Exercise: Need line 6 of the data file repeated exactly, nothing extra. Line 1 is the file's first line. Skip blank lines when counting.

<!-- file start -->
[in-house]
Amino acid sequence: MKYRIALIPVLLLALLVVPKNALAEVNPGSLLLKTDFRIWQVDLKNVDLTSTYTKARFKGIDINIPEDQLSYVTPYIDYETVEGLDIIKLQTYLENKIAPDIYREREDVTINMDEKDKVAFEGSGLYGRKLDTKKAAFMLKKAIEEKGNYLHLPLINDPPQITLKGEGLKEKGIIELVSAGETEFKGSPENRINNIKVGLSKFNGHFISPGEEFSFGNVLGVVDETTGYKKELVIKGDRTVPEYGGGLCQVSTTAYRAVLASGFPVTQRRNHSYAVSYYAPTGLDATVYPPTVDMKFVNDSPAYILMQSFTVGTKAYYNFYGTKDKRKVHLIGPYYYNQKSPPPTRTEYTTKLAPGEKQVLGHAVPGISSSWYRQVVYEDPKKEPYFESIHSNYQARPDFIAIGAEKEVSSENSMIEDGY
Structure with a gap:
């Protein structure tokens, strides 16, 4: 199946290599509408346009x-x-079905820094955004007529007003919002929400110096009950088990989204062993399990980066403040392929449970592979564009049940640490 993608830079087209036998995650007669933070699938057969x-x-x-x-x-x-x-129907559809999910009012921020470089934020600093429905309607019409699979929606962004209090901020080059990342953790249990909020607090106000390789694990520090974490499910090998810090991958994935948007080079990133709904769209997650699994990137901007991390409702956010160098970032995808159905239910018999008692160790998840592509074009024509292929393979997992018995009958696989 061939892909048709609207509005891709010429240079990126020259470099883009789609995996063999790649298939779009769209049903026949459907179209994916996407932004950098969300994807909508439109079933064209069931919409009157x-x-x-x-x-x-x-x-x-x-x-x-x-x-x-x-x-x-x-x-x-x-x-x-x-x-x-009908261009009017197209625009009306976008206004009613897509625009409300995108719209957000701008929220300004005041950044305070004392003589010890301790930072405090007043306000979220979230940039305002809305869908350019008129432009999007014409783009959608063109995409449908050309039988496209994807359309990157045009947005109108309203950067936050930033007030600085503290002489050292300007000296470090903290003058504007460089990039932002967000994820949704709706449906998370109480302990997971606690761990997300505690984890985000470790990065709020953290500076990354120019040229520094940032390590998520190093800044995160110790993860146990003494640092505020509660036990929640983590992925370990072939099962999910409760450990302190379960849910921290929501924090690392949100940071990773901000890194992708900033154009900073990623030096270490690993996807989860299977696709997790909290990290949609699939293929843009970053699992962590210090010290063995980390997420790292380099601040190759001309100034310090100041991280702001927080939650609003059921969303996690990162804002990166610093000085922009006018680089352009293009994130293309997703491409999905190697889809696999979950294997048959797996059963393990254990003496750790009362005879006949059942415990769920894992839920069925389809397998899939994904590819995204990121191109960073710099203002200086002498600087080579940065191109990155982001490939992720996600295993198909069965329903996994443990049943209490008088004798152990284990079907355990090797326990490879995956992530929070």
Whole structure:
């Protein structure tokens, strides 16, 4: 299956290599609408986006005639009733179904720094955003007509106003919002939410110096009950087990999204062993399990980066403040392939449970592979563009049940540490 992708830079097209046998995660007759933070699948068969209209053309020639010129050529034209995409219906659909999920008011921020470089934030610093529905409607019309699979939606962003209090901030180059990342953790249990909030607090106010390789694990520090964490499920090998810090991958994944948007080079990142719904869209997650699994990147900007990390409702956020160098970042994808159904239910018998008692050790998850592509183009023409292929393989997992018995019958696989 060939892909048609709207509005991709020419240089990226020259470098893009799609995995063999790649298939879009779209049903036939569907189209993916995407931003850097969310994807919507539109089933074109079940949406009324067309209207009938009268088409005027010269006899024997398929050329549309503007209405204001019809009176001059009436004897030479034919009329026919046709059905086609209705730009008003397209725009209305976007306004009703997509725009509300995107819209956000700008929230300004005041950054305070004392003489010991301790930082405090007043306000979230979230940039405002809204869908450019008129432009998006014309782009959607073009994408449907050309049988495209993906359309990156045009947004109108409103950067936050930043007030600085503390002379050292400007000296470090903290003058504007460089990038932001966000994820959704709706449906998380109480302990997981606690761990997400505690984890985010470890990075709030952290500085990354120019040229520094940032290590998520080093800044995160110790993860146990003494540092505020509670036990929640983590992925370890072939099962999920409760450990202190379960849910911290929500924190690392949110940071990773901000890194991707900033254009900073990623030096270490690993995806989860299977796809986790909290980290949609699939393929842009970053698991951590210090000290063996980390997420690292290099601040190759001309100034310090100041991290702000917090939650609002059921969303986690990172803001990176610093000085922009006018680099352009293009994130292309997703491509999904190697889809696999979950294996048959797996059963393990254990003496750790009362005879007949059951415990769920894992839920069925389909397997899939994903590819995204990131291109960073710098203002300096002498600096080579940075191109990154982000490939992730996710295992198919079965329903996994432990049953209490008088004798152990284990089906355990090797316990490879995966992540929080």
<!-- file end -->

């Protein structure tokens, strides 16, 4: 299956290599609408986006005639009733179904720094955003007509106003919002939410110096009950087990999204062993399990980066403040392939449970592979563009049940540490 992708830079097209046998995660007759933070699948068969209209053309020639010129050529034209995409219906659909999920008011921020470089934030610093529905409607019309699979939606962003209090901030180059990342953790249990909030607090106010390789694990520090964490499920090998810090991958994944948007080079990142719904869209997650699994990147900007990390409702956020160098970042994808159904239910018998008692050790998850592509183009023409292929393989997992018995019958696989 060939892909048609709207509005991709020419240089990226020259470098893009799609995995063999790649298939879009779209049903036939569907189209993916995407931003850097969310994807919507539109089933074109079940949406009324067309209207009938009268088409005027010269006899024997398929050329549309503007209405204001019809009176001059009436004897030479034919009329026919046709059905086609209705730009008003397209725009209305976007306004009703997509725009509300995107819209956000700008929230300004005041950054305070004392003489010991301790930082405090007043306000979230979230940039405002809204869908450019008129432009998006014309782009959607073009994408449907050309049988495209993906359309990156045009947004109108409103950067936050930043007030600085503390002379050292400007000296470090903290003058504007460089990038932001966000994820959704709706449906998380109480302990997981606690761990997400505690984890985010470890990075709030952290500085990354120019040229520094940032290590998520080093800044995160110790993860146990003494540092505020509670036990929640983590992925370890072939099962999920409760450990202190379960849910911290929500924190690392949110940071990773901000890194991707900033254009900073990623030096270490690993995806989860299977796809986790909290980290949609699939393929842009970053698991951590210090000290063996980390997420690292290099601040190759001309100034310090100041991290702000917090939650609002059921969303986690990172803001990176610093000085922009006018680099352009293009994130292309997703491509999904190697889809696999979950294996048959797996059963393990254990003496750790009362005879007949059951415990769920894992839920069925389909397997899939994903590819995204990131291109960073710098203002300096002498600096080579940075191109990154982000490939992730996710295992198919079965329903996994432990049953209490008088004798152990284990089906355990090797316990490879995966992540929080």